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Korean companies venture into wind energy market

12. August 2021

Several Korean companies are entering wind power generation to take advantage of this global growth trend. POSCO Group plans to collaborate with Denmark’s Orsted, the world’s largest offshore wind energy producer. Orsted wants to build a 1.6 GW offshore wind power plant in Incheon, South Korea. POSCO Group is the local partner for this project. The project cost is expected to be $6.9 billion, with completion scheduled for 2026. Wind turbines are complex plants where numerous technical components and parts require KC certification (Korea Certification) to be imported, built and operated in Korea.



Hanwha Solutions is planning to build a plant to generate green hydrogen from wind energy in Gangwon Province. Subsidiary company Hanwha Q CELLS, responsible for the renewable energy business, is also expanding its wind energy resources and plans to participate in a 40 MW wind farm, also in Gangwon Province. In this, Hanwha Q CELLS is acting as an engineering and construction company. Another company, Hyosung Heavy Industries has formed a joint venture with China’s Goldwind and is planning an 8 MW wind farm.

Hyundai Heavy Industries is participating in the construction of a demonstration plant for the production of green hydrogen from offshore wind turbines. The plant’s capacity is expected to be 100 MW, with commissioning targeted for 2025. The company is developing a large-scale plant for the production of hydrogen from seawater and electricity from wind power at the Ulsan Floating Wind Farm. In a second phase of the project, another green hydrogen plant with 1.2 GW capacity will be built, in which Hyundai Heavy Industries is also involved. This is scheduled to begin operation in 2030.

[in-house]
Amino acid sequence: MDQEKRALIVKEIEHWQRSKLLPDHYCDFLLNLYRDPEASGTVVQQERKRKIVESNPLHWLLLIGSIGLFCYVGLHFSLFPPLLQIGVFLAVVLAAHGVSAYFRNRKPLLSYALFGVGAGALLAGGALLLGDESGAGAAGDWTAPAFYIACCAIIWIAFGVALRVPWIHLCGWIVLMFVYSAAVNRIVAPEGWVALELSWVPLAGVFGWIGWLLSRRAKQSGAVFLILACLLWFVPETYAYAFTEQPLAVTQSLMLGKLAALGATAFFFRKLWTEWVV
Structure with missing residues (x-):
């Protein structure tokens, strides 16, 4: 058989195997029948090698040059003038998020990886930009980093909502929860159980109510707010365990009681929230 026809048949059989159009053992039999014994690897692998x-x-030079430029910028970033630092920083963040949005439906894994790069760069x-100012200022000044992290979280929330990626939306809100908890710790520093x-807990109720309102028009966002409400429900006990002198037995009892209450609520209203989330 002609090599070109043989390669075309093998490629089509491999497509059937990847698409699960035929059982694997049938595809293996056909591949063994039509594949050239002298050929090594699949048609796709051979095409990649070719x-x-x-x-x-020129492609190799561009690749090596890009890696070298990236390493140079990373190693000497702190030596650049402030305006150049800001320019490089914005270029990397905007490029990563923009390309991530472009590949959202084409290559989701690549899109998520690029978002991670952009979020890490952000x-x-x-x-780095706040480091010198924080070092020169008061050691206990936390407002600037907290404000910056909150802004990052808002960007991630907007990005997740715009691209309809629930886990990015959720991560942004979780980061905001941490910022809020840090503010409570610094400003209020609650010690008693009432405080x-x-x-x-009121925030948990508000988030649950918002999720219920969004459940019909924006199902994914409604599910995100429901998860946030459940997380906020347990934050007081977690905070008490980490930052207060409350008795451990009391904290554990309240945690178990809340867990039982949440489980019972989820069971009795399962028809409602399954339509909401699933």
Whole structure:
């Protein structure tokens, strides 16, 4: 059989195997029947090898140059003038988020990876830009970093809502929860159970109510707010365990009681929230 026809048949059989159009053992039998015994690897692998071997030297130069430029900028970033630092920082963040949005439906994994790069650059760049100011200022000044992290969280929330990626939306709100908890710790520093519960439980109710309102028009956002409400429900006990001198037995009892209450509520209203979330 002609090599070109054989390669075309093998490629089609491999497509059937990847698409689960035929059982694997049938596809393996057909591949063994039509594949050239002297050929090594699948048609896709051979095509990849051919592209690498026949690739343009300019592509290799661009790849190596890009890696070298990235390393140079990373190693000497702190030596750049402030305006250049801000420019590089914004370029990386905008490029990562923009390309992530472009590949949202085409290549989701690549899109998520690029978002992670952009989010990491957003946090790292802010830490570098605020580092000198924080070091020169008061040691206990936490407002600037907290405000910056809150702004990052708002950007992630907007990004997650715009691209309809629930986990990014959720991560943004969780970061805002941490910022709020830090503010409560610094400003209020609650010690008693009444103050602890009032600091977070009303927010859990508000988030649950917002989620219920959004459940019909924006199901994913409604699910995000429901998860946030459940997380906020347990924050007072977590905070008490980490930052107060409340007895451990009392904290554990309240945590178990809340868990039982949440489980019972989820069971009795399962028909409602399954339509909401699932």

In addition to hydrogen and wind power generation, Korean shipbuilders are also benefiting from the growth of offshore wind. As part of this, Samsung Heavy Industries (SHI) has developed a vessel for wind turbine installation that is based on environmentally friendly propulsion technology. SHI announced on May 8 that its SLW-FUEL CELL ship model concept has been classified as environmentally friendly in terms of low CO2 emissions by the world’s three leading ship classification organizations, ABS (USA), DNV (Norway) and LR (UK).

South Korea is considered one of the most important and innovative industrial nations in the world. In order to gain market access to this highly technological country, products imported into South Korea must be tested and certified. The KC mark or KC certificate is roughly equivalent to the European CE mark and applies to 730 different products. MPR International GmbH has solid experience in Korea certification and competent local partners. We gladly advise you without obligation about the scope and procedure of a Korea certification.

If you need assistance or have any questions regarding Korean certifications like KC, KC EMC, KCs or KCs for explosion safety products, feel free to contact us any time.

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MPR Author

About the author: Julian Busch is founder and managing director of MPR International GmbH
Publisher: MPR International GmbH

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